Large crowds and spirited bidding led to a strong $14.2 million in sales at Auctions America's Santa Monica event, as the Indiana-headquartered auction house continued to put its stamp on the competitive Southern California auction scene. In just three years, the Auctions America sale has emerged as a new highlight on the SoCal collector car calendar—a fact that was reaffirmed again this past weekend with a record number of bidders vying for the event's 281 vehicles and select automobilia. Reflecting the broad appeal of the offering together with the company's strong international reach, bidders hailed from 16 countries as well as 39 states across the U.S.
Top sales honors of the weekend went to the event's catalogue cover car, a 1995 Ferrari F50, which roared onto the auction stage before a packed house during Saturday's sale session. Sparkling under the auction lights, the Rossa Corsa F50—one of only 55 U.S.-specification examples built—achieved a strong $1,952,500 to claim not only the top sale of the weekend, but rank as the most valuable car sold in Auctions America's history. Another modern supercar attracting strong interest during Saturday's sale session was the highly original 1989 Porsche 959 'Komfort'; just two owners and 7,500 km from new, it passed on to its third owner for $1.25 million.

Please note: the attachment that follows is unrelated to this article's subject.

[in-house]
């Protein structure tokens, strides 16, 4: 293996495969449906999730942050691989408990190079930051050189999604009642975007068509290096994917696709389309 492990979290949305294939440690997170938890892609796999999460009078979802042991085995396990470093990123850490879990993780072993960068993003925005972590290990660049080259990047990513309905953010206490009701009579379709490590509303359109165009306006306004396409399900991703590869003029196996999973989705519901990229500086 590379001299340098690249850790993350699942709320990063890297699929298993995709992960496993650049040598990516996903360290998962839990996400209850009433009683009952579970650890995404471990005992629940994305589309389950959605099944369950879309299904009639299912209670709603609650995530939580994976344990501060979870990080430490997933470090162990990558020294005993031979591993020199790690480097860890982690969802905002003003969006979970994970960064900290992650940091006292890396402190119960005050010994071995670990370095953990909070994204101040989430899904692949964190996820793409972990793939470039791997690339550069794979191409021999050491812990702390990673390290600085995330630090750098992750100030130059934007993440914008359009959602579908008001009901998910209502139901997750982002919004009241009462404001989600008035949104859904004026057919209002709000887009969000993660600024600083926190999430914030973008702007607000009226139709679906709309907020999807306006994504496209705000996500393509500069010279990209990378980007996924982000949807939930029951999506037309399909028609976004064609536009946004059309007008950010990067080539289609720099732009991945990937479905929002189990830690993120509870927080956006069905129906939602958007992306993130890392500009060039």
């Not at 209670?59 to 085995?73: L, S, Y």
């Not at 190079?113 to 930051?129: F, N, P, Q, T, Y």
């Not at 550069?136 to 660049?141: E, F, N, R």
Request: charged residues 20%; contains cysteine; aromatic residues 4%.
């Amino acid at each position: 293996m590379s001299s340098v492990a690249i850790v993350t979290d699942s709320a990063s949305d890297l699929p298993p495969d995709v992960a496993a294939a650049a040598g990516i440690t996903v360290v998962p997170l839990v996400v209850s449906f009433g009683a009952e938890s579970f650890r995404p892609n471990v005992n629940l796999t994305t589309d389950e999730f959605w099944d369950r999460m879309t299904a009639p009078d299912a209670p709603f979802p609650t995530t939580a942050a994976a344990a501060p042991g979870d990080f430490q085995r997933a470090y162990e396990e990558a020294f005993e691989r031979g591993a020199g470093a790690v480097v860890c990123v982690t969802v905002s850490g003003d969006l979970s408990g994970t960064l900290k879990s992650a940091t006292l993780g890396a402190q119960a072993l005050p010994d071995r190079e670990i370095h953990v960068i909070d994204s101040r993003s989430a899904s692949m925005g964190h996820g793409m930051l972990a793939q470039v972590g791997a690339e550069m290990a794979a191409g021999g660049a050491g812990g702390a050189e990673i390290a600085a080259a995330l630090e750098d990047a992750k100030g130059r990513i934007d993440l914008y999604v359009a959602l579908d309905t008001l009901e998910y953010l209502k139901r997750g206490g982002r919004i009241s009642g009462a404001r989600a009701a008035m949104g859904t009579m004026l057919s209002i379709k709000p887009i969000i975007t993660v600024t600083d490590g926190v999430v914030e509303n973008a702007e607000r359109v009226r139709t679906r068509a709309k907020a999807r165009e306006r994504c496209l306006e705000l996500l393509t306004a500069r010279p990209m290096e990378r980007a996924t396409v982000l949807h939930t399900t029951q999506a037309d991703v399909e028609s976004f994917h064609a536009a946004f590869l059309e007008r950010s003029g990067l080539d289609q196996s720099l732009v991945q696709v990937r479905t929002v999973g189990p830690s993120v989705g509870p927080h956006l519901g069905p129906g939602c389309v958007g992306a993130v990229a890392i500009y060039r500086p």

Sunday's sale session was headlined by the presentation of select vehicles from Southern California's renowned Riverside International Automotive Museum (RIAM). Founded by racing enthusiasts Ray and Doug Magnon in 2006, the museum was dedicated to preserving and displaying California's rich motor sports heritage, as well as home to one of the largest and most comprehensive collections of Maserati road cars in the United States. Following Doug Magnon's passing last year, some 34 vehicles from the collection were offered 'without reserve' at the Santa Monica sale.